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The Bakersfield Californian Thursday, May 23, 2013

Eye Street

They’re (still) playing our song at Beale Park BY SUSAN SCAFFIDI Contributing writer

N Coming Saturday

05.25.13 Inside The Californian

Inside this issue: Sensational Seniors Bakersfield Life highlights 27 of the most outstanding graduating high school seniors from Kern County. Get to know them now — one day they may change the world. Nut Festival The first-ever Kern County Nut Festival promises to be “nuttin’ but fun.” See our complete guide that includes an event map, a Q&A with the co-chairwomen, schedule

of events, loads of nut facts, and a few of the dozens of nut-inspired dishes being featured by local restaurants at the festival. Travel Ready for a summer getaway? Explore the best of the Central Coast using our handy guide. Or if surf, sun and sand isn’t your thing, take a journey to a California desert, mountain or metropolitan area highlighted here.

othing, save a soft breeze, makes a Bakersfield evening more tolerable than spreading out a picnic blanket under the trees of one of Bakersfield’s oldest parks and listening to a band concert of show tunes, movie themes and big-band favorites. And thanks to local donors, the concerts — a tradition in the city for decades — will return to Beale Park in June. Four concerts are scheduled for June 9, 16, 23 and 30, starting at 8 p.m. Local performing groups will provide entertainment starting around 7 p.m., and people are invited to come even earlier with a picnic and find a spot in the park. Directed by Frontier High School band director Doug Kelly, the concert band will perform what has to be the most crowdpleasing summer band programs possible: show tunes, movie themes, big-band hits, classic wind ensemble pieces, and lots of marches, including by John Philip Sousa. Admission is free. The summer band concerts have been on shaky ground since the city of Bakersfield cut its funding four years ago. Since that time, band member Cyndi Hicks has been able to raise enough money to pay for four concerts each June. “The same people keep supporting it,” Hicks said. “But this year, a lot of people dropped out and didn’t give for whatever reason. “Others stepped up and doubled or tripled their gift,” Hicks said. “The musicians are just really grateful for the opportunity to play.” Hicks and veteran band member Randy Fendrick also went to the city in the hopes of restoring financial support. “We went to the city three or four weeks ago,” Fendrick said. “The City Council said they would like to do this, supposedly, and they turned it over to the city recreation department.” City Parks and Recreation Department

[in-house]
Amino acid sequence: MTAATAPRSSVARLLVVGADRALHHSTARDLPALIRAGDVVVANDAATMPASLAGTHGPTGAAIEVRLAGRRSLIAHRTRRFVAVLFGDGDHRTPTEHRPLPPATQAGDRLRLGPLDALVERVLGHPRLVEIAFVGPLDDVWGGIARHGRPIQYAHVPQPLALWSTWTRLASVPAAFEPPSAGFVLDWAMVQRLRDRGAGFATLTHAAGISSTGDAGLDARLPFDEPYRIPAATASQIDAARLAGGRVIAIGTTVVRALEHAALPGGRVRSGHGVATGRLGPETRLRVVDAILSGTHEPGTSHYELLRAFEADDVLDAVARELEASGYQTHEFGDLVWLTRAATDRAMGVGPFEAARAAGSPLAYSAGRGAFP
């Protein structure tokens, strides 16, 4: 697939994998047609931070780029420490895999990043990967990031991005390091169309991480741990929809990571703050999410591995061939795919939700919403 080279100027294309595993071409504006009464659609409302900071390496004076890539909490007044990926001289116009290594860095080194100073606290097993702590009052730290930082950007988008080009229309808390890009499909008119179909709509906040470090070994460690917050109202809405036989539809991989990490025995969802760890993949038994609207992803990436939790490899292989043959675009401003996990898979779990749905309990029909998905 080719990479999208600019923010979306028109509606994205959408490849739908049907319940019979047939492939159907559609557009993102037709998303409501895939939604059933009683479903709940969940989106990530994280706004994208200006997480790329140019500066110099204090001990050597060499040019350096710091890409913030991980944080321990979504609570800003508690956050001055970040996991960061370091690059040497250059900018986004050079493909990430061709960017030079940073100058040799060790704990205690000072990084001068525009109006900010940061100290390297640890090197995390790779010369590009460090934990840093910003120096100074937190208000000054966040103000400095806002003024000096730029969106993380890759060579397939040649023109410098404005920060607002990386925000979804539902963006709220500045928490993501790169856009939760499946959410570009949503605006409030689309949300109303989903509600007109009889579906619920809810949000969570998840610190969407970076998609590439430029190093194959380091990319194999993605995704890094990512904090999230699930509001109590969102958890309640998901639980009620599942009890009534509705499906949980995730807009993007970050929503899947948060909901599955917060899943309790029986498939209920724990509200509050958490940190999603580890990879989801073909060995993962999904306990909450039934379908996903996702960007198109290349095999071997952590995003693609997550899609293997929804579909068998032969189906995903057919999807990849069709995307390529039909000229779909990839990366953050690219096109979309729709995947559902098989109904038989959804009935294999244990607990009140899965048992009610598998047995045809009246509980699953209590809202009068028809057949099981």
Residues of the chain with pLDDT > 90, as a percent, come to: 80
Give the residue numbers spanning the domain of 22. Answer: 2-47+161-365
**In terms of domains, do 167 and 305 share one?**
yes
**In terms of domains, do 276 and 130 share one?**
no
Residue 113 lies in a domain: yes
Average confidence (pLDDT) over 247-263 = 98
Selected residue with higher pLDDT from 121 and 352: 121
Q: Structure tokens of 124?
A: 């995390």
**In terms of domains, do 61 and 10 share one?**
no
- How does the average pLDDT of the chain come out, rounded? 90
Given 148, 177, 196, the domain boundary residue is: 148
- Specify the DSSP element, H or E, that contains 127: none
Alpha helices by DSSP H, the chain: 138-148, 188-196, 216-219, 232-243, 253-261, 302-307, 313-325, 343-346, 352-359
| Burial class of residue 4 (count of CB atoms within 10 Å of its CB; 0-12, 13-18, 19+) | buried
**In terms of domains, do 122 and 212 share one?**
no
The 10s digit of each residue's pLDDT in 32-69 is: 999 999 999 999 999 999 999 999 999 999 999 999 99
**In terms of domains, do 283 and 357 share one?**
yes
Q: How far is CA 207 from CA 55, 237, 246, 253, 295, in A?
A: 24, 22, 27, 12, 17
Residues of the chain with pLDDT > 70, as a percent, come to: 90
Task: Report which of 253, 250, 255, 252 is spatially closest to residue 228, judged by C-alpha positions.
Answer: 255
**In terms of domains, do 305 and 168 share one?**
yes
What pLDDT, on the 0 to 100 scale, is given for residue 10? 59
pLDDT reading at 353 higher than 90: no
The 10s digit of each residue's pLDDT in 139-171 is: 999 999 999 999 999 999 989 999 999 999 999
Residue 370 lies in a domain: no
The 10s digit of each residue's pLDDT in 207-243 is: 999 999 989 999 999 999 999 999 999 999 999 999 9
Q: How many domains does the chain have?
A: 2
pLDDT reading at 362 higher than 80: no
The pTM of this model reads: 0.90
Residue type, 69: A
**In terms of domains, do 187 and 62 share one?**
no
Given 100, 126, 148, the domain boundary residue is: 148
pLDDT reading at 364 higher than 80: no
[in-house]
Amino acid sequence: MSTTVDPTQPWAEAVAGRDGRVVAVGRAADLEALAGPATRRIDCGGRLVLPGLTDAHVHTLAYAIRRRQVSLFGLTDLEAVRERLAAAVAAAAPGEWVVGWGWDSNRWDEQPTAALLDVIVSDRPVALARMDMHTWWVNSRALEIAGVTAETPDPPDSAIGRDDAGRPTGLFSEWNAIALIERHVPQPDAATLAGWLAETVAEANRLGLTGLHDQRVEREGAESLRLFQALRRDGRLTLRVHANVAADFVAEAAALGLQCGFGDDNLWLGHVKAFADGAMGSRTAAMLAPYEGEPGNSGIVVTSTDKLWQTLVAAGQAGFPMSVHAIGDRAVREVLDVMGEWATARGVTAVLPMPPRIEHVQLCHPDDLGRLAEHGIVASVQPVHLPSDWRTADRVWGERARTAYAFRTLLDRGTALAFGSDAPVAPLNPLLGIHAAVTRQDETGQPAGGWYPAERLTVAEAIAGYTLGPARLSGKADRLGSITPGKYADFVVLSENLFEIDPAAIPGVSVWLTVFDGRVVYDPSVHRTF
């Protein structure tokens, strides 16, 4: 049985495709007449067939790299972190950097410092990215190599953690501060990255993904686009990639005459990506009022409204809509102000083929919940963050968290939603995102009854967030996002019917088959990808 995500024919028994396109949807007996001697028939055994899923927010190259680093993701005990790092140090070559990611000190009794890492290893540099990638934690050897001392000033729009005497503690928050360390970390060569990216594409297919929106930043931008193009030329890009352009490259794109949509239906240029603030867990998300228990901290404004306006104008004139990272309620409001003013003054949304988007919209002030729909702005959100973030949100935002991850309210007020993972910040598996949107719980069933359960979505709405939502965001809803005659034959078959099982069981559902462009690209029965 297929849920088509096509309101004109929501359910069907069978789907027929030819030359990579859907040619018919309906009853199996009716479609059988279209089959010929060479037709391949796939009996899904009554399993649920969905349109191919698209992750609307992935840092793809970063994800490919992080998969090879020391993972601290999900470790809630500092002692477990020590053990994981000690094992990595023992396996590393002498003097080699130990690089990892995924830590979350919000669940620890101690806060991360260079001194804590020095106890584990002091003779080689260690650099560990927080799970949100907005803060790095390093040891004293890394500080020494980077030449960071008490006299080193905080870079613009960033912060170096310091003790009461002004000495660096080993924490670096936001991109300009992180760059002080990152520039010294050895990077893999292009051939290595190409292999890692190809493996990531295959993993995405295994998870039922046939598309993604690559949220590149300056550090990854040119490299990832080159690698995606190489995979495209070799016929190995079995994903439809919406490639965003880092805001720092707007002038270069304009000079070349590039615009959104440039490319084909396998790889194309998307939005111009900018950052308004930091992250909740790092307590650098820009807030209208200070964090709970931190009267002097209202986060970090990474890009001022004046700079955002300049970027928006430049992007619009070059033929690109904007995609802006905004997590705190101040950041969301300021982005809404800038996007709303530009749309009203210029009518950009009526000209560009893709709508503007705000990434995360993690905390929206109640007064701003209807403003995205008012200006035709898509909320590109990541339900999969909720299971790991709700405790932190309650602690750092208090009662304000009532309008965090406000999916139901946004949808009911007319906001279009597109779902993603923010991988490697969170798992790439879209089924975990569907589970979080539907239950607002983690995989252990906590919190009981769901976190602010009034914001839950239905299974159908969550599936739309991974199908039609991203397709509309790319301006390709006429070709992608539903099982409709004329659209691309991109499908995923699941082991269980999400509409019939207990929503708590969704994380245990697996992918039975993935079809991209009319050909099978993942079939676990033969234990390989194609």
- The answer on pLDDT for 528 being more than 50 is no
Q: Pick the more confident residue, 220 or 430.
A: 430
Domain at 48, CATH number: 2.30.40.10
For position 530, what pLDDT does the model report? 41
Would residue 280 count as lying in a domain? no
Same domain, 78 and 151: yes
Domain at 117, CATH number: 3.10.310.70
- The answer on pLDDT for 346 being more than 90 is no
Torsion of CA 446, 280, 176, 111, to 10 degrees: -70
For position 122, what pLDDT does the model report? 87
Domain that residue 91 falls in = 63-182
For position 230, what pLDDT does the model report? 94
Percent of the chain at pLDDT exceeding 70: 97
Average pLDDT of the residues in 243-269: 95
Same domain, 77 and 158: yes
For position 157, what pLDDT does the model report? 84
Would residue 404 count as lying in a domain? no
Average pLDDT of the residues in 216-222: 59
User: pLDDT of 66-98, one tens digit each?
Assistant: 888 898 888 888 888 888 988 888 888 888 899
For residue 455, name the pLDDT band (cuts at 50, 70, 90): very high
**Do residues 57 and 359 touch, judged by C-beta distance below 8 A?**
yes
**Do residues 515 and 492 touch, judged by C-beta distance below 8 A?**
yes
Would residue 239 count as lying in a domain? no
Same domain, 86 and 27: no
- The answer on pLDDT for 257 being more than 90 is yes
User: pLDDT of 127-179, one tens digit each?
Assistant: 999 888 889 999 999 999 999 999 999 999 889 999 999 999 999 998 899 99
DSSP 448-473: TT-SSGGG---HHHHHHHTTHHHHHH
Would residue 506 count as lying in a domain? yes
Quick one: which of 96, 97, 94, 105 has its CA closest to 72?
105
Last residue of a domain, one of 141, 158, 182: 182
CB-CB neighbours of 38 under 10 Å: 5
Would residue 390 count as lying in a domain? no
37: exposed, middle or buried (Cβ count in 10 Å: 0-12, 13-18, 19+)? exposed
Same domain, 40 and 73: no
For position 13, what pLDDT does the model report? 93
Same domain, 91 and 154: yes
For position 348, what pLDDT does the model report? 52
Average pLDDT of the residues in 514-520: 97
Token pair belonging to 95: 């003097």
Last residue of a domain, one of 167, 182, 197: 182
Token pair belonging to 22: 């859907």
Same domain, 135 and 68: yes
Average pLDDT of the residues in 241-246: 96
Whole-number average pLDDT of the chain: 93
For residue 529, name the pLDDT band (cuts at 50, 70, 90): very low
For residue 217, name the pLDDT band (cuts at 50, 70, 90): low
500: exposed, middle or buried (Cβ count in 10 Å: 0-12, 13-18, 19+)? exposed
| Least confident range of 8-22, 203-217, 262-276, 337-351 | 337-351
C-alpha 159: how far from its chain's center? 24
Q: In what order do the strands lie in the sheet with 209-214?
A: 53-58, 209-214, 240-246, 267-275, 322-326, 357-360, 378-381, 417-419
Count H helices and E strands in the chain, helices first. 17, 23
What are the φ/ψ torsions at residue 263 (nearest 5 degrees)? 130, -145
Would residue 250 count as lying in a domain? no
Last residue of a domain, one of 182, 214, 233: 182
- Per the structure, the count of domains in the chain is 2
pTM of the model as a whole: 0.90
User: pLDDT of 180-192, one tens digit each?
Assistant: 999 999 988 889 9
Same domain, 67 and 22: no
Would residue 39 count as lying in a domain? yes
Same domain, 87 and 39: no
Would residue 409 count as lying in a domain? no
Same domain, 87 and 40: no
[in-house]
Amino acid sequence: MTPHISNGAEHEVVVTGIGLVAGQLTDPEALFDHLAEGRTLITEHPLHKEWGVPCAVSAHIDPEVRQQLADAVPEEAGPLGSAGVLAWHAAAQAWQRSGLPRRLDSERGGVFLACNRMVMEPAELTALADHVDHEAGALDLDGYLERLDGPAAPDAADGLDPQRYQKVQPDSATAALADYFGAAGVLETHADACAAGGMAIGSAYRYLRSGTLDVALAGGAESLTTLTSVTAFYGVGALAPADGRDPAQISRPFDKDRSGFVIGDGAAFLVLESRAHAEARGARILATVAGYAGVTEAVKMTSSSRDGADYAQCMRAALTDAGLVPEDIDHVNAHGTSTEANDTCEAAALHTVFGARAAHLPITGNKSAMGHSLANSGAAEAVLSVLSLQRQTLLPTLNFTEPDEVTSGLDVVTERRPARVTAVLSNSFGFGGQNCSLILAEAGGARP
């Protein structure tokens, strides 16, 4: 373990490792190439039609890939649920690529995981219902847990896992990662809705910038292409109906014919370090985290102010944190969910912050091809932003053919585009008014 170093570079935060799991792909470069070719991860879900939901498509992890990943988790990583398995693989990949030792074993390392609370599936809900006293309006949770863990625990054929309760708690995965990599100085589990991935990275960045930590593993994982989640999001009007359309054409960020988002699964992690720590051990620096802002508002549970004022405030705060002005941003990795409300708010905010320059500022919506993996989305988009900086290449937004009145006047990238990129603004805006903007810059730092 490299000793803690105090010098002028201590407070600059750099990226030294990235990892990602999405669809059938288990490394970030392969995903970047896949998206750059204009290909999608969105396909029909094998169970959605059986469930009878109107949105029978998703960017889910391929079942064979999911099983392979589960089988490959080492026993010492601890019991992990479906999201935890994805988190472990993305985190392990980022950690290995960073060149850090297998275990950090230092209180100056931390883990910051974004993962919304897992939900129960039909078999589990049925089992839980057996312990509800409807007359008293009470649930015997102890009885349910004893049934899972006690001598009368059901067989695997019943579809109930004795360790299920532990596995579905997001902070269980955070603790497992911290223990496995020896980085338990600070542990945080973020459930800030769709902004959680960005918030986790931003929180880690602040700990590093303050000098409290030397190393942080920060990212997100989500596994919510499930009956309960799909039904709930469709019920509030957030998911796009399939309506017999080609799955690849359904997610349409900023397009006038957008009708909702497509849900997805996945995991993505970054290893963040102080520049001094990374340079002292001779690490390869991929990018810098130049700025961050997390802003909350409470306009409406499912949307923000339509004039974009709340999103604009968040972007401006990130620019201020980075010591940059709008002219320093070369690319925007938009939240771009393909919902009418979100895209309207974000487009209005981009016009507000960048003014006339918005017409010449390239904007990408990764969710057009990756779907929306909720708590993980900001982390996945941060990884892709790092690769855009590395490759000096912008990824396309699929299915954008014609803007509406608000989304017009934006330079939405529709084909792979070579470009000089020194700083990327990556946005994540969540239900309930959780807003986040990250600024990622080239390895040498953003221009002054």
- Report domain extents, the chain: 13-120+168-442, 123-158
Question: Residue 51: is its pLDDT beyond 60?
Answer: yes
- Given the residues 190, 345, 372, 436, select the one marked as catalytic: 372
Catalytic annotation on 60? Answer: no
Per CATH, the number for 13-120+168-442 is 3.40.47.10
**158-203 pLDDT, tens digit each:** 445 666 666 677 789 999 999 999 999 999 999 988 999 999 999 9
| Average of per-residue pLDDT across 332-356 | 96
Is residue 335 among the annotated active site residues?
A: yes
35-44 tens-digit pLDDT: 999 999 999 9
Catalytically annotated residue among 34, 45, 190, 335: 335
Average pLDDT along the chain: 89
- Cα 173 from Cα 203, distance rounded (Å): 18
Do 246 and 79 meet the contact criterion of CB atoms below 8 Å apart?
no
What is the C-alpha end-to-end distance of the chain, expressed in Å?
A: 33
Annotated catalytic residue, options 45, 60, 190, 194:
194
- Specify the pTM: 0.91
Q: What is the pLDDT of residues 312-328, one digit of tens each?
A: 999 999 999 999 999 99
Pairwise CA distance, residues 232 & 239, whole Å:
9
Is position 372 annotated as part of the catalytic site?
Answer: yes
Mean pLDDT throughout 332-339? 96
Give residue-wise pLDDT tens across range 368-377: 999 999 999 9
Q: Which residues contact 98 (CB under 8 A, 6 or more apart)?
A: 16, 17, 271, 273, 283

have three other experimental beers, which use the brewery’s Centennial Ale as a base and branch out with distinct aromatic hops. “We hopped them at a level you can tell what hop we used,” Williams said. “Sorachi Ace uses a Japanese hop with unique tones of lemon and dill, melon and pepper too. Nelson Sauvin, a New Zealand hop, (adds) a wine-like element to both the aroma and the taste. Motueka, a New Zealand hop as well, has hints of passion fruit ... overwhelming aroma and tastes a little earthy as well.” Other breweries serving their craft beers on tap include Kern River Brewing, Bear Republic Brewing Co., Lost Coast Brewery, Clown Shoes and Firestone Walker Brewing Co., which is serving its 805 ale. “Their 805 blonde ale is really delicious,” Brown said. “Really crisp and clean flavor, perfect for summertime. A really good one